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Songs You Forgot You Loved: Doug Supernaw’s ‘I Don’t Call Him Daddy’

Texas-born country star Doug Supernaw strummed the listening public’s heartstrings with his lone number one hit, “I Don’t Call Him Daddy.” Following the lead of Tammy Wynette’s “D-I-V-O-R-C-E,” it considers how innocent children suffer when their parents split up. It’s off Supernaw’s 1993 Red and Rio Grande, which ranks just behind Toby Keith’s self-titled CD when it comes to that year’s best debut albums.

A Kenny Rogers Deep Cut

Old-school country sentiments about broken families and youthful innocence came from the pen of a soft rocker. Writer Reed Nielsen of the duo Nielsen/Pearson joined fellow AM Gold artists Dan Seals, Anne Murray and others to cross over between ’70s pop and ’80s and ’90s country music by writing this future hit.

Country audiences first heard the song on the 1987 Kenny Rogers album I Prefer the Moonlight. Timing can be everything for hits, and Rogers sadly was fading out of style by the time his final RCA album hit shelves. RCA released Rogers’ version as a single to support his 1988 greatest hits compilation. They barely promoted the song, knowing Rogers was leaving the label. Despite being a very good interpretation of Nielsen’s story, Rogers’ single stalled at number 86.

A Star on the Rise

Fair or not, a new name with promise got a fairer shot at a hit than an established name on the decline. The third single off one of the strongest debut albums of the early ’90s netted Supernaw his only number one hit and the second of just three appearances in the top five (with the other two being previous single “Reno” and 1995’s “Not Enough Hours in the Night”). It remains a signature song for a “Long Tall Texan” who still plays live around his home state.

A Fair Take on a Tough Situation

Neither the song nor its music video vilifies the ex-wife’s “new live-in friend.” If anything, it sounds like he’s a good stepdad in the making, even if he’ll never supplant the narrator as “Daddy.” The video shows that the new man in Mom’s life can offer more than a stuffed horse, but even that doesn’t overshadow precious memories of weekends with the little boy’s biological father.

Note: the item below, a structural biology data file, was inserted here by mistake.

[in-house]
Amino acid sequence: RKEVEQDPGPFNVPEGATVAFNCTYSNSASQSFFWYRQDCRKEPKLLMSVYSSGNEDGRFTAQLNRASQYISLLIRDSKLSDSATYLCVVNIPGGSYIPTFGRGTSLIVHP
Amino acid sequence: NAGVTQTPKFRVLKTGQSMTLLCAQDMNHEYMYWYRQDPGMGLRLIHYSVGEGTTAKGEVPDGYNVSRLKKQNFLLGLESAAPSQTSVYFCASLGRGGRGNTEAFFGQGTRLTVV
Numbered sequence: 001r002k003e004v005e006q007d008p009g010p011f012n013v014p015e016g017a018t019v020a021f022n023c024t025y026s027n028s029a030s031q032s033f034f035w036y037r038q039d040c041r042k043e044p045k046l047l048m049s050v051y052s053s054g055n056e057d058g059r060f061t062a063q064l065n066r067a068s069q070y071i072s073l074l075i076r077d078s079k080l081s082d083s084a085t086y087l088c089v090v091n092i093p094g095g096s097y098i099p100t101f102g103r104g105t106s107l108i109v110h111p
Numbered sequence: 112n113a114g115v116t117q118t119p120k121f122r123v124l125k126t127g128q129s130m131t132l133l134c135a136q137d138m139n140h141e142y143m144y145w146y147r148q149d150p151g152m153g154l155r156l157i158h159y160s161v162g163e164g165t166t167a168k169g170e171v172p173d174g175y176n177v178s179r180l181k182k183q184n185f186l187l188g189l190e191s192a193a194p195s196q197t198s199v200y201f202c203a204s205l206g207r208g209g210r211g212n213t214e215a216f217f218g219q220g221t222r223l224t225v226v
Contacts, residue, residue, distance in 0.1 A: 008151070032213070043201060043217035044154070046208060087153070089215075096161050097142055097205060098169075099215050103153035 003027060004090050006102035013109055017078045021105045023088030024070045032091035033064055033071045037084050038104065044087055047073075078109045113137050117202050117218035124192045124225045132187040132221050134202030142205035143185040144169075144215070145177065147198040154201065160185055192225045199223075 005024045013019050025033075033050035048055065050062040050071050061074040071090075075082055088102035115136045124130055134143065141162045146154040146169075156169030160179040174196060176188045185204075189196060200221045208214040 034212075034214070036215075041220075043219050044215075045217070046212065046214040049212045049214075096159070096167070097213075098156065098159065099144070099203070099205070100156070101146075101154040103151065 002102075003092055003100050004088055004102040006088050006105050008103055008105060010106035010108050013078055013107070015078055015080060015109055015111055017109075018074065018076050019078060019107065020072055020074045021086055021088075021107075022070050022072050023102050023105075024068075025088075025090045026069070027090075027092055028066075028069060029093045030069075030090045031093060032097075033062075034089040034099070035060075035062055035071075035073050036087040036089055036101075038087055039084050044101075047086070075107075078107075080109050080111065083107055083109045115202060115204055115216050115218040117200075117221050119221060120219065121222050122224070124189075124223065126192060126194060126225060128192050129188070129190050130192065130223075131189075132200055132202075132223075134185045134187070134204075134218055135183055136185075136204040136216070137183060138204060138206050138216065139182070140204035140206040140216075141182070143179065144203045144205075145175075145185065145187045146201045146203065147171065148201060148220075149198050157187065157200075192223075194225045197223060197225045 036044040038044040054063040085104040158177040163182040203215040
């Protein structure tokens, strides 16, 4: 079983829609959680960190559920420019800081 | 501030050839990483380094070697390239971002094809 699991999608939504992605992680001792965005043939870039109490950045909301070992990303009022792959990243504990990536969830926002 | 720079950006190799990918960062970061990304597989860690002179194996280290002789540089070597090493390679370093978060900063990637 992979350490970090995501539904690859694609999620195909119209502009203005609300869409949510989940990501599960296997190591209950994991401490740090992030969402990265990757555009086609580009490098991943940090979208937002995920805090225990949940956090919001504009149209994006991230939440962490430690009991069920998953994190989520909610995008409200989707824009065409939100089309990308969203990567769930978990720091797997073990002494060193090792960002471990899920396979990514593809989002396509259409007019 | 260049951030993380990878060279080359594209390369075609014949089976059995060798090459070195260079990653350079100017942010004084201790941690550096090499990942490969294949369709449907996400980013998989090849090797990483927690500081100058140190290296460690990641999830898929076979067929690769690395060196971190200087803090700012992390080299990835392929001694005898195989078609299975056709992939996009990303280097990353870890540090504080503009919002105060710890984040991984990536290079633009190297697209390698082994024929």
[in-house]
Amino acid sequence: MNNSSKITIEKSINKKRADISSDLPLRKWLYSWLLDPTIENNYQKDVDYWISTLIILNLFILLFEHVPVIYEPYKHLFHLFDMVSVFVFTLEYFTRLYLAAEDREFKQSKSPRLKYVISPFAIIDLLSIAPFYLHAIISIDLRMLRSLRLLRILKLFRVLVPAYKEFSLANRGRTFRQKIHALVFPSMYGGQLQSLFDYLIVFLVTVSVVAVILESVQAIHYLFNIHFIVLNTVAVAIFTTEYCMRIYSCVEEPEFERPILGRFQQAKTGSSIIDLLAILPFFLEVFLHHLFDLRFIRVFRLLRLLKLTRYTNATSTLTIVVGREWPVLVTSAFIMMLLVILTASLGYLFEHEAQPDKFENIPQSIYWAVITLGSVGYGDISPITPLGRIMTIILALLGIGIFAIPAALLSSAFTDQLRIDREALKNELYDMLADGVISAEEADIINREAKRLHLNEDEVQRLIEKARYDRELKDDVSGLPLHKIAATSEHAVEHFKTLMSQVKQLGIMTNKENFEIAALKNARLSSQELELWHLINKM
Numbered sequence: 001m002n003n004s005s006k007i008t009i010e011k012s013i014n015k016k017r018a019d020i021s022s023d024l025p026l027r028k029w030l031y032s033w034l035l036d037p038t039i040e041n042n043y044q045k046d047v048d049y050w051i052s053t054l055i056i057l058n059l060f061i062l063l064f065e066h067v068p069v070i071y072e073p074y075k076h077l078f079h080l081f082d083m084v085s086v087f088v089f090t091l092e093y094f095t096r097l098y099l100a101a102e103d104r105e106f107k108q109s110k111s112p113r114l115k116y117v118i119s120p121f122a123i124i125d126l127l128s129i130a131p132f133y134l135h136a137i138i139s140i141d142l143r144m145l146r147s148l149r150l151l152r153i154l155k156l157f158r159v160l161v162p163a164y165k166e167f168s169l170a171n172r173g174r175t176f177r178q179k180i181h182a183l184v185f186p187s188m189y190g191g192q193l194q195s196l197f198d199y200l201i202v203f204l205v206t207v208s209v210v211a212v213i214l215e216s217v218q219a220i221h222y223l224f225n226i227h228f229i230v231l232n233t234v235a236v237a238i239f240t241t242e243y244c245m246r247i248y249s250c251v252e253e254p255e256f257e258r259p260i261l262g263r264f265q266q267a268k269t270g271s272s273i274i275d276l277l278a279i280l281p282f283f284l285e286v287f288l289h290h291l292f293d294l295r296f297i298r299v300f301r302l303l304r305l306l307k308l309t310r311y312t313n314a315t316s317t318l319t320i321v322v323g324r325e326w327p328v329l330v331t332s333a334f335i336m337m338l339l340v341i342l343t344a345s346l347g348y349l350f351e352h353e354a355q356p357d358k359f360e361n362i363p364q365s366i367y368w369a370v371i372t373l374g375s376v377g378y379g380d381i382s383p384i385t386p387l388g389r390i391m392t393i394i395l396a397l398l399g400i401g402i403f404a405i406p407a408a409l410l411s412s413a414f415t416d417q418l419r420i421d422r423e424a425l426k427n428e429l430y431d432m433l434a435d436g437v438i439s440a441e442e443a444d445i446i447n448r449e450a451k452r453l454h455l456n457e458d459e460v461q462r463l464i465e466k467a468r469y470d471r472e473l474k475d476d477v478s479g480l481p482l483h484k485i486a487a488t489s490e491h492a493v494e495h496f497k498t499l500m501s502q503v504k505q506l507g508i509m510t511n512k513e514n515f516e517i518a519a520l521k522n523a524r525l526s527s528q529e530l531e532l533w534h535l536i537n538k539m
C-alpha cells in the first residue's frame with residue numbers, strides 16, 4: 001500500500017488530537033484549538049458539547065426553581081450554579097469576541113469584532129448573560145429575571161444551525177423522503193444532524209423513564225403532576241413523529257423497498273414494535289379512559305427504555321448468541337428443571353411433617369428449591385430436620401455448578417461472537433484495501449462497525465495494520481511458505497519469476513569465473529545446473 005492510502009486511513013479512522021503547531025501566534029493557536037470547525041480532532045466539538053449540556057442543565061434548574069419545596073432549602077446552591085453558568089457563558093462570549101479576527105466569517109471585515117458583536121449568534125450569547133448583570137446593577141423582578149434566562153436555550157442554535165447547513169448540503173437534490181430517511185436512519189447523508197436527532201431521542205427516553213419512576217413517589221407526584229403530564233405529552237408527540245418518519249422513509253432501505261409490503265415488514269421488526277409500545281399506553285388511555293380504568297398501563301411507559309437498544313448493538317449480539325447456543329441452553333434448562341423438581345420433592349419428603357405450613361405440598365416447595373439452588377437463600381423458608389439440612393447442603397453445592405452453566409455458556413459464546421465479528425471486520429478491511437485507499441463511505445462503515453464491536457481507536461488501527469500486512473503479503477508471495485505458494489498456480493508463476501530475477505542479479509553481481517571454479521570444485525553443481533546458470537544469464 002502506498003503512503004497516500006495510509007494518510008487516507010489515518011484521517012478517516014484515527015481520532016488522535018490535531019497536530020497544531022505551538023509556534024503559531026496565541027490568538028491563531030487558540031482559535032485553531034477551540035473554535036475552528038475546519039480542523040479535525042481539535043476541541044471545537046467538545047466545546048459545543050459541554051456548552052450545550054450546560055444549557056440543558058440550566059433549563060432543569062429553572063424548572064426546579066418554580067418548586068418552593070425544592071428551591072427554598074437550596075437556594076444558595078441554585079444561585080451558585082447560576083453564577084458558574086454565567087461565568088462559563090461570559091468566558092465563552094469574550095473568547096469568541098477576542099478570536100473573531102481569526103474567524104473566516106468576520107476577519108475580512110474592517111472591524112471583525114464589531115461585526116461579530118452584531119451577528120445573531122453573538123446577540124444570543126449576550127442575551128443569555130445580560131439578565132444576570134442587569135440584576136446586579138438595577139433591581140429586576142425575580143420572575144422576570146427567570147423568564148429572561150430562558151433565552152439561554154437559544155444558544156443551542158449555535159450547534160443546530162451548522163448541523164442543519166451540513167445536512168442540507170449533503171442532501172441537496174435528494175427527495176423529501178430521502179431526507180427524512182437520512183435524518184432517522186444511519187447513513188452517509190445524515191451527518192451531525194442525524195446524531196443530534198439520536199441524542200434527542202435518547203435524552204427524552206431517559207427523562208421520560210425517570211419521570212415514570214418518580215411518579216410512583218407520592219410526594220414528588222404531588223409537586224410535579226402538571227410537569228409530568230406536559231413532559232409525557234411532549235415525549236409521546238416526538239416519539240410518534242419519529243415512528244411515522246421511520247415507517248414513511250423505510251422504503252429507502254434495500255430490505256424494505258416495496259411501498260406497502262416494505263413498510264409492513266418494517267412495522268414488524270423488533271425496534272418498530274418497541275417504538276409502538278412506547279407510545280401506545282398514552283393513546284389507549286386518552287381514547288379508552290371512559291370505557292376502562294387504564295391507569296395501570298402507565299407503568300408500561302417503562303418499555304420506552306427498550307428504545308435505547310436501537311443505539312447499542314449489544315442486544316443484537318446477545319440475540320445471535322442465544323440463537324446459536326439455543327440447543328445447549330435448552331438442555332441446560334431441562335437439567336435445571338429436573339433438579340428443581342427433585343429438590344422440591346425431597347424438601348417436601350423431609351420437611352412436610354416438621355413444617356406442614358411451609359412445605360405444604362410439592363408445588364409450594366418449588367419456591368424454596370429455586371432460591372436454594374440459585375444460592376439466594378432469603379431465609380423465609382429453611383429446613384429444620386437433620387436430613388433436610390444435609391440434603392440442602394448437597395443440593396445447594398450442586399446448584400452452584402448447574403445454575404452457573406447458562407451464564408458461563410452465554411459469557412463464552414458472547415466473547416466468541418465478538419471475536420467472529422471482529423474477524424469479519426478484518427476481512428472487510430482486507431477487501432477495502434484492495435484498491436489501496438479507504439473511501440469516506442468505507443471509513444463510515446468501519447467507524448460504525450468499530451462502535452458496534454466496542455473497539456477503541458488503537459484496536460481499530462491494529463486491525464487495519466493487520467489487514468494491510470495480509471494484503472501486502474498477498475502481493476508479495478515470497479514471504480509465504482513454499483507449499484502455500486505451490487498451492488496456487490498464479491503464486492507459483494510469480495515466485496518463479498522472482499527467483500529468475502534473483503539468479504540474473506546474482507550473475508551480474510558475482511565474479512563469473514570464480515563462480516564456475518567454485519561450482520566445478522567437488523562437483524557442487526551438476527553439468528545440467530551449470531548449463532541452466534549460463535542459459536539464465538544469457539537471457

Still, there’s a level of sorrow in the song. As the dad says goodbye after a fun weekend, he knows he’s got to hit the road again, alone. For those of us who grew up in the ’90s, if this scenario doesn’t apply to your upbringing, it at least describes the early experiences of a neighbor or classmate with a loving yet usually absent parent.

A Real Father and Son Experience

The music video shows Doug Supernaw bonding with his real-life son, Phillip. The younger Supernaw wears a sports-themed t-shirt bearing the word “Houston.” Fittingly, he grew up to be signed out of college by the NFL’s Houston Texans. Dad is wearing a red football jersey in the video, as if to predict that Phillip would later play for the Kansas City Chiefs. Currently, he’s a tight end and special teams player for the Tennessee Titans.

“I Don’t Call Him Daddy” Lyrics

It was six in the morning when I made the county line
There’s someone I got to talk to, can’t get it off my mind.
He’s just a kid, and he’s in a pretty rough spot.
Two dimes to make a phone call, that’s about all I got.

How’s my boy today? I know its been three weeks.
But you know how far I’ve got to go these days to make ends meet.
How’s your momma now, with her new live in friend?
Oh, how I hate the wounds that never seem mend.

You said, I don’t call him daddy, but he takes care of things.
When you pick me up on Friday, are you gonna bring me anything.
Oh, don’t worry dad, you know, it don’t matter what we do
‘Cause I don’t call him daddy, he can never be like you.

God bless the little hearts, they’re the ones who really pay
When mom and dad can’t get along and they go their separate ways
In a way I’m glad there’s someone there to fil the empty space.
Tears of understanding stream down a dirty face.You said,

I don’t call him daddy, but he takes care of things
When you pick me up on Friday are you gonna bring me anything?
Oh, don’t worry dad, you know, it don’t matter what we do.
‘Cause I don’t call him daddy he can never be like you

Be like you
Be like you

He’s quite a little man growing up as fast as he can.
And I don’t get to see him half as much as I had planned
There’s so much I need to tell him, so precious little time
A little rain on the window and a little wave goodbye.

You said, I don’t call him daddy, but he takes care of things.
When you pick me up on Friday are you gonna bring me anything?
Oh, don’t worry dad, you know, it don’t matter what we do
‘Cause I don’t call him daddy, he can never be like you

He said, I don’t call him daddy, but he takes care of things
When you pick me up on Friday are you gonna bring me anything?
Oh, don’t worry dad, you know it don’t matter what we do
‘Cause I don’t call him daddy, he can never be like you.

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Songs You Forgot You Loved: Doug Supernaw’s ‘I Don’t Call Him Daddy’